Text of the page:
Last night I went to see a Bell Shakespeare production of Measure for Measure. I got the ticket through a friend who had a spare. She teaches Shakespeare and through miscommunication had bought one for a colleague who already one. The ticket was in the front row, which was initially a bit disconcerting for someone who doesn’t go to the theatre much, and then there was the anxiety aroused when L_____ told me Bell Shakespeare had a reputation for involving the audience.
Recently, I’ve only gone to live performances with L_____. Her son is in the Australian Ballet, so going to performing arts productions is a way of life for her. Apparently her daughter screens suitors by asking them if they enjoy ballet, maintaining that if they’re going to be part of her family they have to be simpatico. Fair enough. I went to my first opera a few months ago with L_____; an Opera Queensland production of La Bohême. Again, while I wanted to go, I was a bit apprehensive, this time because I wasn’t sure I could appreciate it. I’d watched Madame Butterfly on the ABC but any knowledge I have of music comes from listening to the judgements on Australian and American Idol. It’s undoubtedly sacrilegious to opera buffs, but I went to La Bohême with what I knew from those programmes: if it gives me goose bumps, then it’s good. I did get the shivers at the opera and even shed a few tears when the female lead died.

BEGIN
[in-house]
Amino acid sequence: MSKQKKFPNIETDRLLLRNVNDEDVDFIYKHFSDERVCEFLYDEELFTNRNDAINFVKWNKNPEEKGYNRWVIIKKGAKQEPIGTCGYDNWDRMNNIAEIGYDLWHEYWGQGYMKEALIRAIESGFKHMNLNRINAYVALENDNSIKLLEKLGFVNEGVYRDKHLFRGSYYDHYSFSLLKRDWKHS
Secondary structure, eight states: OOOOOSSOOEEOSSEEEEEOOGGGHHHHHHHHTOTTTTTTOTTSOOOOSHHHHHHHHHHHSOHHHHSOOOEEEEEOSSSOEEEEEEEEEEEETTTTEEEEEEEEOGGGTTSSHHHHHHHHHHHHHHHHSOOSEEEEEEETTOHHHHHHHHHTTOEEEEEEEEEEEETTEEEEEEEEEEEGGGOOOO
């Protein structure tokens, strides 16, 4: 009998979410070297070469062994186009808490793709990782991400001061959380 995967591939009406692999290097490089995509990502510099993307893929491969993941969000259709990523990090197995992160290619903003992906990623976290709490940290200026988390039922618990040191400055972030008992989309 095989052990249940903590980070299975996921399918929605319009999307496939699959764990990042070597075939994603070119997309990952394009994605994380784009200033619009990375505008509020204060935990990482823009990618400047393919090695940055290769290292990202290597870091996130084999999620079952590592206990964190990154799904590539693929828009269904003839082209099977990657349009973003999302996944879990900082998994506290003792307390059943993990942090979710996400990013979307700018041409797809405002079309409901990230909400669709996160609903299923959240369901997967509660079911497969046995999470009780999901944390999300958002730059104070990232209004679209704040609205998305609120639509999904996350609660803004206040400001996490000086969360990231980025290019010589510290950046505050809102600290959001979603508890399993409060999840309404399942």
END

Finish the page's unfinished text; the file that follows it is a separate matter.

I’m not sure why I’m such a scaredy cat about so much; just as my fears about the opera were unfounded, so were those about the front row of Measure for Measure. At a couple of points in the play the actors playing The Duke and Lucio entered the stage from the floor, running past my head, but that could not be described as audience participation, so much as an extension of the stage for a few moments. In fact, I wish I’d paid more attention as Lucio ran by, since that character, played by Matthew Moore, was the funniest of the whole show (which is saying something because with the exception of one or two players, the cast was outstanding). Towards the end when he dropped on his knees in front of The Duke to beg for mercy, his timing was so impeccable, it was all I could do not to burst into applause.